First, I thought of something like “Paranoia Run Amok”. Why? The purpose of this post originally was to serve to clarify what my opinions are (at the moment, anyhow) regarding the origin of spam and computer viruses. In a previous post I raised the issue that possible blog comment spam might have originated from the “Word Cloud phenomena that propagated (memed?) through the blogosphere a few months ago. In the comments that ensued from this post, I expressed a pretty strong opinion about the relationship between spam/viruses and the companies that profit from defeating the same. Here is what I wrote:
In my more paranoid moments, I can’t help but think that there is a connection between the growth of spamming, and the companies that profit from “defeating” it. If my paranoiac reasoning is correct, than there never has to be any sales closures for the product being hawked, as this is not the motive for the spam in the first place, but merely a pretext for the sale of anti-spam products.
Similarly, I sometimes feel the same paranoid suspicions regarding the source and motivations behind virus outbreaks. It seems that if one wanted to “follow the money trail” of these activities, one should not overlook the fact that many companies have built their entire business model on selling annual subscriptions to products and services designed to “defeat” these ever-growing threats.
Microsoft has built an empire on a simple premise: Provide a product that every computer owner perceives that they need (Windows), and then create a managed version update program to get these same owners to upgrade to the latest, greatest OS (witness Windows, Win95, Win98, WinMe, WinXP, and Vista, not to mention all the flavors of WinNT that have come down the pike). If companies such as Symantec, McAfee and others can persuade everyone that they must not only buy their products, but also constantly renew their subscriptions, than they will have effectively “one-upped” the Microsoft business model. I guess only time will tell if I am being paranoid, or if I am simply being prescient.
As I thought about this comment, I began to feel as if I might have been overreacting, even though I had so clearly peppered my remarks with words like paranoid, suspicious, and paranoiac. And so my original intent was to somehow soften the tone of my opinion on this issue a little bit with this post. And then something happened.
I read a computer magazine which referenced an article titled “The Antispyware Conspiracy“, which addressed a portion of this issue in a direct manner. After reading this article, I began to feel that maybe I wasn’t being so paranoid after all. But the author of the article began with the following statement:
“Since the release of the first antivirus products many people have believed in a conspiracy theory where antivirus companies generate their own market by paying virus writers to develop and release viruses. I don’t subscribe to that theory and trust the major security vendors, but recent trends show that there’s a fuzzy line between second-tier antispyware vendors and the malware they clean.”
This article seems to point a finger at some second-tier antispyware vendors, but is quick to absolve the major security vendors of any complicity. And as I thought about this more, one thing kept popping to mind – maybe the major players ARE paying virus writers to develop and release viruses! Not directly, of course. I am not suggesting that executives within Symantec or McAfee direct any campaign to unleash viruses on the computing world. In fact, I would be the first to suggest that the executives within these companies realize that any involvement in such schemes would be fatal to their own best interests, and I further believe that the intentions and motivations of these executives are pure.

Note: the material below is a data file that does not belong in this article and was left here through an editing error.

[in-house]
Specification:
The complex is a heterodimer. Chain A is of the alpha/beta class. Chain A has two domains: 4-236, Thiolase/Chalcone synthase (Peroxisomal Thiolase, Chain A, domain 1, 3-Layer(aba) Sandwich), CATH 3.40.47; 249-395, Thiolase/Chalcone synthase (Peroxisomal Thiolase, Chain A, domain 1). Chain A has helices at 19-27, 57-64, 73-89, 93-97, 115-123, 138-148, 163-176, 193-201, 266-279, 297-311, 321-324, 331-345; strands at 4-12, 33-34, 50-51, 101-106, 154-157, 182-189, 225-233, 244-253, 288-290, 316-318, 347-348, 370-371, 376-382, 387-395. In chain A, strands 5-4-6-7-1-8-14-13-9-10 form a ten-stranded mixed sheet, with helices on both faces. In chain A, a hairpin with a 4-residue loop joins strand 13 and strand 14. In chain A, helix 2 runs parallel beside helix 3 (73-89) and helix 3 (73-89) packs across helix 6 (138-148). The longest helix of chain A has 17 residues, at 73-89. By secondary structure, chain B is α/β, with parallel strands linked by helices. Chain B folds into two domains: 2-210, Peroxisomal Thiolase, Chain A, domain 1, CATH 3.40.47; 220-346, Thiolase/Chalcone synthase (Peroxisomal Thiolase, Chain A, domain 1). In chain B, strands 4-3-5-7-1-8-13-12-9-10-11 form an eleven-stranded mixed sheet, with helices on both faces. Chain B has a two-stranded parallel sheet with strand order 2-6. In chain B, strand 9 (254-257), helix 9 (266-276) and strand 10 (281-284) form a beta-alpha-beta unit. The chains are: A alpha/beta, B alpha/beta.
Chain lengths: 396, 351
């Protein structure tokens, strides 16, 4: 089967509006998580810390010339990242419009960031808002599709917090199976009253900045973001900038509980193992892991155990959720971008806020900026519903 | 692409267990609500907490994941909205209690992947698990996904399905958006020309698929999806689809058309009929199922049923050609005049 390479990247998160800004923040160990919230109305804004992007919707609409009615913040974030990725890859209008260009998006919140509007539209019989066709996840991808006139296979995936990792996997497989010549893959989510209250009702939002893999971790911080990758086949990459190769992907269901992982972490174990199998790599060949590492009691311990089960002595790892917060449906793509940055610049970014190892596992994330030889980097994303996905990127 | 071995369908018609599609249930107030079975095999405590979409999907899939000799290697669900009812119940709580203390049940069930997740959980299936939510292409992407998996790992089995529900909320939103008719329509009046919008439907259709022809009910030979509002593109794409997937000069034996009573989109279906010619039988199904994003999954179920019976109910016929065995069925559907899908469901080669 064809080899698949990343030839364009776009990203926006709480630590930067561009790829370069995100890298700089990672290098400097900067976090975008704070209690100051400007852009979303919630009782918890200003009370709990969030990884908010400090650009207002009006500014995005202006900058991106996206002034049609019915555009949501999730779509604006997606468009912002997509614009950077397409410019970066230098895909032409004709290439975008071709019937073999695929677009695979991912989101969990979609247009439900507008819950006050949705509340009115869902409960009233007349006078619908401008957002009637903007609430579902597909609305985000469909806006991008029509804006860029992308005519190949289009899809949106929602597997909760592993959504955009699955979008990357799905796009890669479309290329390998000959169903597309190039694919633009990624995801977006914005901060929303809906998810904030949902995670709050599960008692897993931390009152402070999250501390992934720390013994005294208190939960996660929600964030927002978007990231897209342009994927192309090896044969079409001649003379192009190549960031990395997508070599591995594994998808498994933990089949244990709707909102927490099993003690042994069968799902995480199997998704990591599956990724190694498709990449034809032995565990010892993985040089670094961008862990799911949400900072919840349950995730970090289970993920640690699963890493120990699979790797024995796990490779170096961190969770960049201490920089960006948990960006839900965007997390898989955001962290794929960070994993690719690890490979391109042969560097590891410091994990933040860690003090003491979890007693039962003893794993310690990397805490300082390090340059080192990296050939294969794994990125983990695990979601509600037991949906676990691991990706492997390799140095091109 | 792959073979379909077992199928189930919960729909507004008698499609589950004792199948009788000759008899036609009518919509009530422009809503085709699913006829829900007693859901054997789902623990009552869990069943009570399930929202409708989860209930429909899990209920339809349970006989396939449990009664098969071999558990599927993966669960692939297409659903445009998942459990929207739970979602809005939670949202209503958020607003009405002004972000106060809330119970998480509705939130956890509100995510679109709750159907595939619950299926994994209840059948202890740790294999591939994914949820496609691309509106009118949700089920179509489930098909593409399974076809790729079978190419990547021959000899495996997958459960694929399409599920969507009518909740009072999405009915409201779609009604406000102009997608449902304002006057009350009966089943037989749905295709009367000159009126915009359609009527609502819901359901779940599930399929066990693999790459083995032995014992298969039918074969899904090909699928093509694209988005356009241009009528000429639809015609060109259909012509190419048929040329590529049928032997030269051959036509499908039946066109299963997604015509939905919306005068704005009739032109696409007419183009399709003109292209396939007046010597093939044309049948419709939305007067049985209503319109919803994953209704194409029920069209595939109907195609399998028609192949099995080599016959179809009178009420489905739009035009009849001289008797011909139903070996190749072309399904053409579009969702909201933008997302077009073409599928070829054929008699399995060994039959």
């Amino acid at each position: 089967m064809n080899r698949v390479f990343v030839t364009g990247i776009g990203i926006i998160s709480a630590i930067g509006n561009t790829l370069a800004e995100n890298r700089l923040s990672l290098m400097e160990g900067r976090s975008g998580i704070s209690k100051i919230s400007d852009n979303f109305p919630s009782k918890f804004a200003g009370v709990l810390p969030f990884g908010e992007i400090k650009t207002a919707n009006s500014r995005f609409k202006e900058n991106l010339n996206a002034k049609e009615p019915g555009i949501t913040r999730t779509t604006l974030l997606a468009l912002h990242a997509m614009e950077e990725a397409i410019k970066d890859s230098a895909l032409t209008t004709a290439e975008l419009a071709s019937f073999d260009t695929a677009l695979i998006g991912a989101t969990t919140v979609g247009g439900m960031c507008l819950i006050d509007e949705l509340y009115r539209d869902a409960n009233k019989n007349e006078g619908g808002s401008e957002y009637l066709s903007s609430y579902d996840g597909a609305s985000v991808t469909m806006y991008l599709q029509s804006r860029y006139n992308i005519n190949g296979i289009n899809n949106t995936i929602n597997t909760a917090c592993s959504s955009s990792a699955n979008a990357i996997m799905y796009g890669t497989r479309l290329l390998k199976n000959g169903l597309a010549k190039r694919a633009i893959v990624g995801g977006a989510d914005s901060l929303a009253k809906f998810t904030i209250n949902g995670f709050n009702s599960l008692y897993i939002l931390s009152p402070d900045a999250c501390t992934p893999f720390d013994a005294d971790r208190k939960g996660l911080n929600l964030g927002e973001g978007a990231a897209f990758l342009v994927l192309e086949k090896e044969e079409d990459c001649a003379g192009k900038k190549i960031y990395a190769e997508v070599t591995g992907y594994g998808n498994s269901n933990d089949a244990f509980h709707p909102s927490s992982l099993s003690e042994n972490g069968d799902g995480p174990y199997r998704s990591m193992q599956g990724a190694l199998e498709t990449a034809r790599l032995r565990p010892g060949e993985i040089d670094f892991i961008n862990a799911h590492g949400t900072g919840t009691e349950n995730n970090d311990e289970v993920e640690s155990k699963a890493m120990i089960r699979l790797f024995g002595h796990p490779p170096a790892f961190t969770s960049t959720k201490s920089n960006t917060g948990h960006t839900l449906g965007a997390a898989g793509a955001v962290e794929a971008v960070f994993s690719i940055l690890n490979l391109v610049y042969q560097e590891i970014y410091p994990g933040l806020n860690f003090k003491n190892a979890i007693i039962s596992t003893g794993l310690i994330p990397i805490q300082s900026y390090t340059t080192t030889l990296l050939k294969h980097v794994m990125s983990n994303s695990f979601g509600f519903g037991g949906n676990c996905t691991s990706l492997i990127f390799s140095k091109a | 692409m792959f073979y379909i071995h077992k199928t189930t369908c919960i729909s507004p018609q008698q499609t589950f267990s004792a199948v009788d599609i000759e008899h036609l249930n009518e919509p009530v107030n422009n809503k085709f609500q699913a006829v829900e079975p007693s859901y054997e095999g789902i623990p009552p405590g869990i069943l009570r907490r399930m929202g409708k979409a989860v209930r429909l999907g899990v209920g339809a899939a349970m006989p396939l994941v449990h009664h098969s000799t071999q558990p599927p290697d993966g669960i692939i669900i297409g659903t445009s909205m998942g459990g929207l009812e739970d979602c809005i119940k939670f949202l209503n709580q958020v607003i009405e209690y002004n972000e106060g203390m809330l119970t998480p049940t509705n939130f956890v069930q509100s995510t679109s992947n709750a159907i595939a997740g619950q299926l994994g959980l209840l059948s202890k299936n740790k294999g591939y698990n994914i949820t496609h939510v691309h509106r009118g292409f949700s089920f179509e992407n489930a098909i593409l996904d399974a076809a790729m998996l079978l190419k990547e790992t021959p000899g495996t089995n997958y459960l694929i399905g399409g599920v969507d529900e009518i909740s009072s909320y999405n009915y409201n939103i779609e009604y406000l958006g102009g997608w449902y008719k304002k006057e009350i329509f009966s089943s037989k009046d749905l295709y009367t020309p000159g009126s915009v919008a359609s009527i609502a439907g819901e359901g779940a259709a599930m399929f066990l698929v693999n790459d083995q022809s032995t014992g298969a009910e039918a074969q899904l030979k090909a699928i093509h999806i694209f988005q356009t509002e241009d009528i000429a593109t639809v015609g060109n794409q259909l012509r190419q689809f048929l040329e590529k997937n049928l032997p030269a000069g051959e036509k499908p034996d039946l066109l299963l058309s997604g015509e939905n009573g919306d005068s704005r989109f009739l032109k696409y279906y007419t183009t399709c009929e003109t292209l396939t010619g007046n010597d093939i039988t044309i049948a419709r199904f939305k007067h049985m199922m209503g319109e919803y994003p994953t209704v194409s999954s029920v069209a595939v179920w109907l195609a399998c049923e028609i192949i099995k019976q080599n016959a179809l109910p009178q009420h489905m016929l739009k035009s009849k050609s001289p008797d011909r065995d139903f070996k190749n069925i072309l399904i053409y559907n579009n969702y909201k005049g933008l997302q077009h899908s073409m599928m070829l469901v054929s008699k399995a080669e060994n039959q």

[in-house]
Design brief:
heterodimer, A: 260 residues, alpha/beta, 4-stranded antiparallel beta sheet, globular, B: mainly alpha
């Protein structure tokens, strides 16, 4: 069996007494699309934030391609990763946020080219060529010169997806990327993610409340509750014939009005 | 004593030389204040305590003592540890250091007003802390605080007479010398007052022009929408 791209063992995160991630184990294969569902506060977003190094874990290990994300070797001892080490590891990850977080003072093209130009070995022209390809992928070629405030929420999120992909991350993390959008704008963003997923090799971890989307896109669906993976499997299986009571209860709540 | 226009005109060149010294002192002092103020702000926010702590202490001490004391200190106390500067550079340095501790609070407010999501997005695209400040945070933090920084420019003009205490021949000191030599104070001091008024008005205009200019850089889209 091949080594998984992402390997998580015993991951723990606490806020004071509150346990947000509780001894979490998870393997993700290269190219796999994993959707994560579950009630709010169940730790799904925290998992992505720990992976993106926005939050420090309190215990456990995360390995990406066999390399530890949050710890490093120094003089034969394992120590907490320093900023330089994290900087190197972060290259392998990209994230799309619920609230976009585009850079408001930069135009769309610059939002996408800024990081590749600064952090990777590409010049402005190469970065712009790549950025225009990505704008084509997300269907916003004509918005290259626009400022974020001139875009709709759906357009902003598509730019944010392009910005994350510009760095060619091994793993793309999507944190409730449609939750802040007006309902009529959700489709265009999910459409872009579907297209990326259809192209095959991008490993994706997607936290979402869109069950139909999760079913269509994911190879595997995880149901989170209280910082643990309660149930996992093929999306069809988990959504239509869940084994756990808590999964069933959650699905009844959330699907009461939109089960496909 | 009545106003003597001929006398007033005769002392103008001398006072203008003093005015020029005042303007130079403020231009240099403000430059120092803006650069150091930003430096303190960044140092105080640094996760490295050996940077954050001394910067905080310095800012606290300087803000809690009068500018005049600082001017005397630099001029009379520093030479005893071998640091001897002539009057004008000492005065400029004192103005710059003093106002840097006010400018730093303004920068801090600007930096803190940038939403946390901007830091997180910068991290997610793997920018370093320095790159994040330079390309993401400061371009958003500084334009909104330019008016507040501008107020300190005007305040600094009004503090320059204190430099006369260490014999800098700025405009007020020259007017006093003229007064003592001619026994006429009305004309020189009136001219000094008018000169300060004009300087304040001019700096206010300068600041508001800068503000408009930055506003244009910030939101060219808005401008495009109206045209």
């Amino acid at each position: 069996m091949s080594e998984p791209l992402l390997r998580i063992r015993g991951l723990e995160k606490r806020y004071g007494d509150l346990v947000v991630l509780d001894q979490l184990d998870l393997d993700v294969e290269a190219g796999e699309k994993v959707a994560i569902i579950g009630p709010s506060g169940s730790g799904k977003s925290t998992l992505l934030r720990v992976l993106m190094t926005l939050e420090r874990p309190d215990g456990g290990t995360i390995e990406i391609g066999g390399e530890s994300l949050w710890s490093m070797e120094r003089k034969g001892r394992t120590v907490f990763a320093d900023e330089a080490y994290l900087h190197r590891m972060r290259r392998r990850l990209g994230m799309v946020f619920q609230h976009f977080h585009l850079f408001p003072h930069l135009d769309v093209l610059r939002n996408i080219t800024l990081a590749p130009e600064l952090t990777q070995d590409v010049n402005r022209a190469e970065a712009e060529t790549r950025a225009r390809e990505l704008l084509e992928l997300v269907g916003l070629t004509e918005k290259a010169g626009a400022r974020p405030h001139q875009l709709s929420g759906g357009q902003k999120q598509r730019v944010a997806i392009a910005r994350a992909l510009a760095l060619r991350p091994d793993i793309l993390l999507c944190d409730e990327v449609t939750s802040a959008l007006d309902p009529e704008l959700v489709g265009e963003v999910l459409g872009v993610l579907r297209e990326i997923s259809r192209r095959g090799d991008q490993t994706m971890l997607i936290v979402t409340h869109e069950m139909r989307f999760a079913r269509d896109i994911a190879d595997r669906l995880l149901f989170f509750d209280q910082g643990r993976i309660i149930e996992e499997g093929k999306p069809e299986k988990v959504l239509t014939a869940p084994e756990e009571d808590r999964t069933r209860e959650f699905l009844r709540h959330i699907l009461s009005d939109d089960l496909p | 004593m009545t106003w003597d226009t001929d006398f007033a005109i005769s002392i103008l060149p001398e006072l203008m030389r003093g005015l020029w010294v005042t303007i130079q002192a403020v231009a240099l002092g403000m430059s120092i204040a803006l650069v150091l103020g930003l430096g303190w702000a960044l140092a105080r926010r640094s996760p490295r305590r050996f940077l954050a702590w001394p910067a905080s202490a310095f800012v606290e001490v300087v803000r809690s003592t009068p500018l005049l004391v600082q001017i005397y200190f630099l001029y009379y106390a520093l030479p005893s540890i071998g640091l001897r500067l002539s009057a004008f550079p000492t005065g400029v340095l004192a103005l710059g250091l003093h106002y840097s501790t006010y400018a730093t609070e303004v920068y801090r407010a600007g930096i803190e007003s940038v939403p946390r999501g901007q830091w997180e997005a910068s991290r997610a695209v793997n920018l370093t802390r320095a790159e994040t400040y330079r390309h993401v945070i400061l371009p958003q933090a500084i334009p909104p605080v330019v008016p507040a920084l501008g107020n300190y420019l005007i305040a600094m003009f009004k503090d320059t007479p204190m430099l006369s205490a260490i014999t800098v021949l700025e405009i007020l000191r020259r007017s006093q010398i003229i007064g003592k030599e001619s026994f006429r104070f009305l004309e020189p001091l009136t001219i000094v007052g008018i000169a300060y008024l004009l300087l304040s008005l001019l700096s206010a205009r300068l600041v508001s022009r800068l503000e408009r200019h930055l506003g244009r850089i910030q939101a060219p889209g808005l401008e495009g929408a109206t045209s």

This apparent contradiction on my part can be explained by considering the following simple observation. Name any other industry that contains this unique dynamic – any individual employee within the “malware prevention industry” can guarantee his very own job security by propagating the malware they are hired to defeat. Imagine this employee spending just 1 hour per week developing his malware, and you can imagine the havoc he/she could inflict. Now multiply this dynamic by the number of employees in this industry (hundreds? thousands? tens-of-thousands?).
If you think I am too suspicious, let me tell you a true story. Some years ago, I was called upon to render a professional opinion regarding a computer system and associated software programming for a client who owned a chain of glass companies. The logo of this company was a little boy at play. If you looked closely at the logo, you would see that the little boy had a slingshot hanging from his back pocket. I asked my client about this, and he replied with the following tale. He (I’ll call him Mr.X) began his career as an employee of a glass company. In 1971 Southern California experienced a large earthquake, and there was more glass replacement business to go around than anyone could handle. Mr.X decided to go into business for himself, and for a while, all was good. Eventually, the earthquake damage in the area was repaired, and Mr.X found himself wanting for business. Arming his son with a slingshot, ammunition, and instructions to shoot up windows in a neighborhood, Mr.X would than saturate the same neighborhood with fliers advertising his glass repair company. No wonder I am now suspicious of business by nature!
So I now face three questions –
A) Are there any other industries that contain the same dynamics that are at play with the malware industry?
B) Am I being overly paranoid with respect to the malware industry?
C) What should I have entitled this post?